Medical Students have Spoken: Improving Undergraduate Education on Child Development
CPS ePoster Library. Bischoff M. 06/01/17; 176583; 22
Dr. Michelle Bischoff
Dr. Michelle Bischoff
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Background: Child development is a critical aspect of medical education for which learners commonly report low confidence and preparedness for practice. A recent study reported that graduating medical students' knowledge of child development was poor compared to what is expected at the physician level. The underlying reasons for this are complex, and literature is lacking on ways to improve teaching on child development in medical education.

Objectives: This study aimed to assess graduating medical students' opinions about child development teaching received during medical school. The goal was to identify educational strategies that may be used to improve undergraduate education in child development.

Methods: Near the end of training, fourth year medical students completed an online survey assessing opinions about developmental teaching received throughout medical school, specifically: types of instruction, quantity, and quality of preclinical and clerkship teaching dedicated to child development. They were also asked how competent they felt assessing a child's developmental status. Finally, students were asked to suggest ways this material could be better taught to future trainees. Responses were categorized into educational strategies for learning child development, as well as looking for overarching themes.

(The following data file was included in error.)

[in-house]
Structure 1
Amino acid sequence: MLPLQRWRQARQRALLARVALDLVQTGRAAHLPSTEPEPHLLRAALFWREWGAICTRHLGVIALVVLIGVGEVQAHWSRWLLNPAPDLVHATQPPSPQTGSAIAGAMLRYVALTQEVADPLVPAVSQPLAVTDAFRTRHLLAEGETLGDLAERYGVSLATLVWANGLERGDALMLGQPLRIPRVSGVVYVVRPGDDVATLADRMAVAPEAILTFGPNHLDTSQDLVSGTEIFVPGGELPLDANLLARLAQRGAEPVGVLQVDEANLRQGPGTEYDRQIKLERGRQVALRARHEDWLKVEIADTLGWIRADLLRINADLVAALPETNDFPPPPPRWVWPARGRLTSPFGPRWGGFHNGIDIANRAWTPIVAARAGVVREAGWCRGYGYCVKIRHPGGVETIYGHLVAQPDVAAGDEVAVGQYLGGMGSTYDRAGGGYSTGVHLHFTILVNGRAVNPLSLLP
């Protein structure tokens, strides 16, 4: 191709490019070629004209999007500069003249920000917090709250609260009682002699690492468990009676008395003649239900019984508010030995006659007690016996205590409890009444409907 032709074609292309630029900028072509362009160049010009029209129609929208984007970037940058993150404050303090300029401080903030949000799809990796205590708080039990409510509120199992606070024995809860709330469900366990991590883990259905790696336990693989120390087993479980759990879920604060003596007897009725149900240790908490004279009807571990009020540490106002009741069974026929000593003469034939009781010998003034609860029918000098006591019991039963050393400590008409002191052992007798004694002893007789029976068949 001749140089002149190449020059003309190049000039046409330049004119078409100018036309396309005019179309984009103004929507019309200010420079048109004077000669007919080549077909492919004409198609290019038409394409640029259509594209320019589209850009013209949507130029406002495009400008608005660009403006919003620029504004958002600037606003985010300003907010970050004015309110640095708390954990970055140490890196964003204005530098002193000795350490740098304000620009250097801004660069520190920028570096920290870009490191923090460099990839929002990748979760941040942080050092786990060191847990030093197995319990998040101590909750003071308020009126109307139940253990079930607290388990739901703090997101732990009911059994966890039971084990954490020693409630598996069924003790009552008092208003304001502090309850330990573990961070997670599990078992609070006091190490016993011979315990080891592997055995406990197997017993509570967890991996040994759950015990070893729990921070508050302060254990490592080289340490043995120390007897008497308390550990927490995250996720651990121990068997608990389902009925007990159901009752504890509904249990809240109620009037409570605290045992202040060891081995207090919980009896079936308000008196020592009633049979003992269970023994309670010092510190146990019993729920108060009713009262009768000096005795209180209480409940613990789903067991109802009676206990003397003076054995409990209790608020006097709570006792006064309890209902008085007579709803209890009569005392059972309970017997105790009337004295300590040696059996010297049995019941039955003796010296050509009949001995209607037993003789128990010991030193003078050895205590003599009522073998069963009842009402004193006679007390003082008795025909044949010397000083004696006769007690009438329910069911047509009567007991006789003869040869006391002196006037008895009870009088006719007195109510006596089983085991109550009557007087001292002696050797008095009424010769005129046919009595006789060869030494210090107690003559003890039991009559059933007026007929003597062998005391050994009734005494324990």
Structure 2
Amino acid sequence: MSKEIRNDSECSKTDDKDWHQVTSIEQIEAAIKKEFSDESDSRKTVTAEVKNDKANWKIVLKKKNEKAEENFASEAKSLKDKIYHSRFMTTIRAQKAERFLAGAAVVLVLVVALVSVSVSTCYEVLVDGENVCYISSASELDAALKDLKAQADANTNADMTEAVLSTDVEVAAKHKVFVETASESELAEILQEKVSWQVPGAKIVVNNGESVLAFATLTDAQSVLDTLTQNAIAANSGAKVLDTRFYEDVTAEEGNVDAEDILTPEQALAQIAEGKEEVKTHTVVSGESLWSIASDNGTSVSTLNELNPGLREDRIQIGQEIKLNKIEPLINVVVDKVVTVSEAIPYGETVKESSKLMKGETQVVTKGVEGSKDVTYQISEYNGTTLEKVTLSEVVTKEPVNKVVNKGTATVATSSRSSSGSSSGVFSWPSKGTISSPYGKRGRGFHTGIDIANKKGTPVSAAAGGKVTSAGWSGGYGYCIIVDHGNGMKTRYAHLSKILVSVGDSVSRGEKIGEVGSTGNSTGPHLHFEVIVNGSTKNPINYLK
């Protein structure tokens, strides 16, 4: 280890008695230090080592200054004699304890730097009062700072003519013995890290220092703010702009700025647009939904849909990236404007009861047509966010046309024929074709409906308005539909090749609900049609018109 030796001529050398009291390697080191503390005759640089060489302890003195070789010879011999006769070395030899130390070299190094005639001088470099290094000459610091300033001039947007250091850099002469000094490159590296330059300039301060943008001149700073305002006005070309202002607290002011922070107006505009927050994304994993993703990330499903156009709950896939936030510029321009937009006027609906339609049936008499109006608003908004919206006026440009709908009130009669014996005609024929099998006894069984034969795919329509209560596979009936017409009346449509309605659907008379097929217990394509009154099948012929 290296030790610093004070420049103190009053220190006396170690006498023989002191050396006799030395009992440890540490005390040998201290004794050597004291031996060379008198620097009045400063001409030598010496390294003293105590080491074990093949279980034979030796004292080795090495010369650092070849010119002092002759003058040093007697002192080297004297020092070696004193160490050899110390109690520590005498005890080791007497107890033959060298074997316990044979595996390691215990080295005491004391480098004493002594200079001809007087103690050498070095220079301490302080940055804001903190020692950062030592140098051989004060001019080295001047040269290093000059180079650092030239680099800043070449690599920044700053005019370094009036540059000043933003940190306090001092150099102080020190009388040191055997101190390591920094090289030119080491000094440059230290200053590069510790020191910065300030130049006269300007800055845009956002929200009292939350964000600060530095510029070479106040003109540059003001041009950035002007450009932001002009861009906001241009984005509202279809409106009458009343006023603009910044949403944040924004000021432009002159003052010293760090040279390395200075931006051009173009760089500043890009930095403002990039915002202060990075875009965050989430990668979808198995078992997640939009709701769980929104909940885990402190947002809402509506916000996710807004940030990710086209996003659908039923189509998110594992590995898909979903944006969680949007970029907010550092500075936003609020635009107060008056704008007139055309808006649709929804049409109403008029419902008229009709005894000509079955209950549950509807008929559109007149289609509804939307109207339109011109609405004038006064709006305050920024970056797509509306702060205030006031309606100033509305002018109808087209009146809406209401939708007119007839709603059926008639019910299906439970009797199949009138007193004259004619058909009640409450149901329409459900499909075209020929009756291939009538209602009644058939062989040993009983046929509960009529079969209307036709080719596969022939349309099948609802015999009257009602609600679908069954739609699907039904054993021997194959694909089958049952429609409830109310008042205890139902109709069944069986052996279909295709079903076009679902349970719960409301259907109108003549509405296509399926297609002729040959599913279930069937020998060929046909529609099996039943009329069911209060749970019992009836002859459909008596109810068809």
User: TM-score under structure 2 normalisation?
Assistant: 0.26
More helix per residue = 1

Results: 98 students from the 2014 graduating class completed the survey (56% response rate). Most students agreed that undergraduate teaching time dedicated to child development was adequate (55%). When asked how competent they felt assessing a child's developmental status, only 38% felt capable, while 62% felt they were only slightly or not at all competent. Students identified that having a pocket guide to reference developmental milestones was very helpful. Many students emphasized that rote memorization of concepts was difficult. They also conveyed that clinical exposure was helpful to solidify concepts and that perhaps more authentic interactions with children are necessary. Other emerging themes included need for more reinforcement of abnormal clinical presentations and increased allied health exposures.

Conclusion: Child development is a set of core concepts permeating all areas of pediatric medicine that is traditionally difficult to learn and retain. We identified several ways in which undergraduate teaching is helpful, including accessible reference materials, and also ways in which it might be improved, including increased individual and multidisciplinary clinical exposures. This student feedback may be used to develop new teaching tools and strategies to increase graduating medical students' competency and confidence related to normal child development.

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